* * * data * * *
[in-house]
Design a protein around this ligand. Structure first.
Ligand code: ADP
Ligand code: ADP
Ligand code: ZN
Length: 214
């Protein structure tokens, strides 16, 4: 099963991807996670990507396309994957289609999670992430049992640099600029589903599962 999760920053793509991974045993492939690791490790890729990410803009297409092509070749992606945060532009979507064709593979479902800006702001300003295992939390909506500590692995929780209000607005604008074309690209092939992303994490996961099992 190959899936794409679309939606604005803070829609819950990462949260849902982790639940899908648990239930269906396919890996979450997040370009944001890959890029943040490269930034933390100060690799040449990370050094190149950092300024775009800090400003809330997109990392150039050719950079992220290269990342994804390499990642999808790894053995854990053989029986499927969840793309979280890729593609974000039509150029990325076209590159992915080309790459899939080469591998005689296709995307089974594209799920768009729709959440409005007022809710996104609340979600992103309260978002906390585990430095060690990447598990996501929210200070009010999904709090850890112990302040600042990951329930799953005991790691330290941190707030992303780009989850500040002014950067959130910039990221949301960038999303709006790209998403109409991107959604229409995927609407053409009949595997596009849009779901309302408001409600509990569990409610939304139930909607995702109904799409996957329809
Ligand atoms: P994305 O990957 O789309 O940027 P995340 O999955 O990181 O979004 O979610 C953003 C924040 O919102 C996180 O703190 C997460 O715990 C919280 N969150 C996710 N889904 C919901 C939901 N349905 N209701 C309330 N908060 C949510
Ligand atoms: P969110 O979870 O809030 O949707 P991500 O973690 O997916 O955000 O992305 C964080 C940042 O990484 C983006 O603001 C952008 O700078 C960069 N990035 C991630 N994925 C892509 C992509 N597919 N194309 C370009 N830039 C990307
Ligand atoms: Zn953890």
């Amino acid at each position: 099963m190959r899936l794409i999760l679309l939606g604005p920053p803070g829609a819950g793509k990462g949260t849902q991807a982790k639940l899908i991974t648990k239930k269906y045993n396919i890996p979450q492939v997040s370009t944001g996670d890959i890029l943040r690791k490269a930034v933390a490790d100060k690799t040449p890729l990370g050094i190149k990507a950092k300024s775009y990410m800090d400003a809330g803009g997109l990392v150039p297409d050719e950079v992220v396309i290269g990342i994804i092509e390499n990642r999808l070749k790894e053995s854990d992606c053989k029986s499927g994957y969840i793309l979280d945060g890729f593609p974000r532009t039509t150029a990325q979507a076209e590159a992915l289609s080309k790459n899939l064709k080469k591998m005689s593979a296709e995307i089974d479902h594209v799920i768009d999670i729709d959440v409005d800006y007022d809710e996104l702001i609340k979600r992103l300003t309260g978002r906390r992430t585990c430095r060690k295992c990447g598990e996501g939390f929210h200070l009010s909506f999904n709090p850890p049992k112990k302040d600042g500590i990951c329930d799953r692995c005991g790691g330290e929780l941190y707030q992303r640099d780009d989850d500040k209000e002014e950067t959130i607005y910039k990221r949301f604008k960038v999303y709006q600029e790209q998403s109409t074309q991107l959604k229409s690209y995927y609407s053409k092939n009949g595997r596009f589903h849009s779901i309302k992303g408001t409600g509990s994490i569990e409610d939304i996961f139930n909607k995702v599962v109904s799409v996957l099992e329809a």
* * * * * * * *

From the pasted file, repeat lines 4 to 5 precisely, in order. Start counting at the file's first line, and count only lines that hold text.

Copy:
Ligand code: ADP
Ligand code: ZN